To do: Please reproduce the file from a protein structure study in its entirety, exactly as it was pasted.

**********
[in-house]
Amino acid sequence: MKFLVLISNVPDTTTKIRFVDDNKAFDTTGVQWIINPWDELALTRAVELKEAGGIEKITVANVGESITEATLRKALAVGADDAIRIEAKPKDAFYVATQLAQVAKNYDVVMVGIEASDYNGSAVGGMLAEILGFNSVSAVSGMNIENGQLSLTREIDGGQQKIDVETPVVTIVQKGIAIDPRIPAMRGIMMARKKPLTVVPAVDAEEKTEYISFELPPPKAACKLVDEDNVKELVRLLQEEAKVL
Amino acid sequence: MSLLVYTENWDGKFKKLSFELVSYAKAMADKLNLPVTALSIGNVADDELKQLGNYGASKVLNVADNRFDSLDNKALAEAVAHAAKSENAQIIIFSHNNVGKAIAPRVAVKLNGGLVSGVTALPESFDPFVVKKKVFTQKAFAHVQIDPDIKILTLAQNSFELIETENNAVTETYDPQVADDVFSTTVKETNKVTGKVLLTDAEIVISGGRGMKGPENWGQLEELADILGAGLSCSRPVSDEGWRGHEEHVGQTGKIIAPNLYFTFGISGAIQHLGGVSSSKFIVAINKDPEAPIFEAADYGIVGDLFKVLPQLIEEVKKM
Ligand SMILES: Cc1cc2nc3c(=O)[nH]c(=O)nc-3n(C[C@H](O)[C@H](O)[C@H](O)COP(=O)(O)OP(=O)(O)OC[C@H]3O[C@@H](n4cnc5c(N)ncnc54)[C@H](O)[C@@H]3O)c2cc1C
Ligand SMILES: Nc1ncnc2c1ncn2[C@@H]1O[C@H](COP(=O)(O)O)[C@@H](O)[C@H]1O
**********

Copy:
[in-house]
Amino acid sequence: MKFLVLISNVPDTTTKIRFVDDNKAFDTTGVQWIINPWDELALTRAVELKEAGGIEKITVANVGESITEATLRKALAVGADDAIRIEAKPKDAFYVATQLAQVAKNYDVVMVGIEASDYNGSAVGGMLAEILGFNSVSAVSGMNIENGQLSLTREIDGGQQKIDVETPVVTIVQKGIAIDPRIPAMRGIMMARKKPLTVVPAVDAEEKTEYISFELPPPKAACKLVDEDNVKELVRLLQEEAKVL
Amino acid sequence: MSLLVYTENWDGKFKKLSFELVSYAKAMADKLNLPVTALSIGNVADDELKQLGNYGASKVLNVADNRFDSLDNKALAEAVAHAAKSENAQIIIFSHNNVGKAIAPRVAVKLNGGLVSGVTALPESFDPFVVKKKVFTQKAFAHVQIDPDIKILTLAQNSFELIETENNAVTETYDPQVADDVFSTTVKETNKVTGKVLLTDAEIVISGGRGMKGPENWGQLEELADILGAGLSCSRPVSDEGWRGHEEHVGQTGKIIAPNLYFTFGISGAIQHLGGVSSSKFIVAINKDPEAPIFEAADYGIVGDLFKVLPQLIEEVKKM
Ligand SMILES: Cc1cc2nc3c(=O)[nH]c(=O)nc-3n(C[C@H](O)[C@H](O)[C@H](O)COP(=O)(O)OP(=O)(O)OC[C@H]3O[C@@H](n4cnc5c(N)ncnc54)[C@H](O)[C@@H]3O)c2cc1C
Ligand SMILES: Nc1ncnc2c1ncn2[C@@H]1O[C@H](COP(=O)(O)O)[C@@H](O)[C@H]1O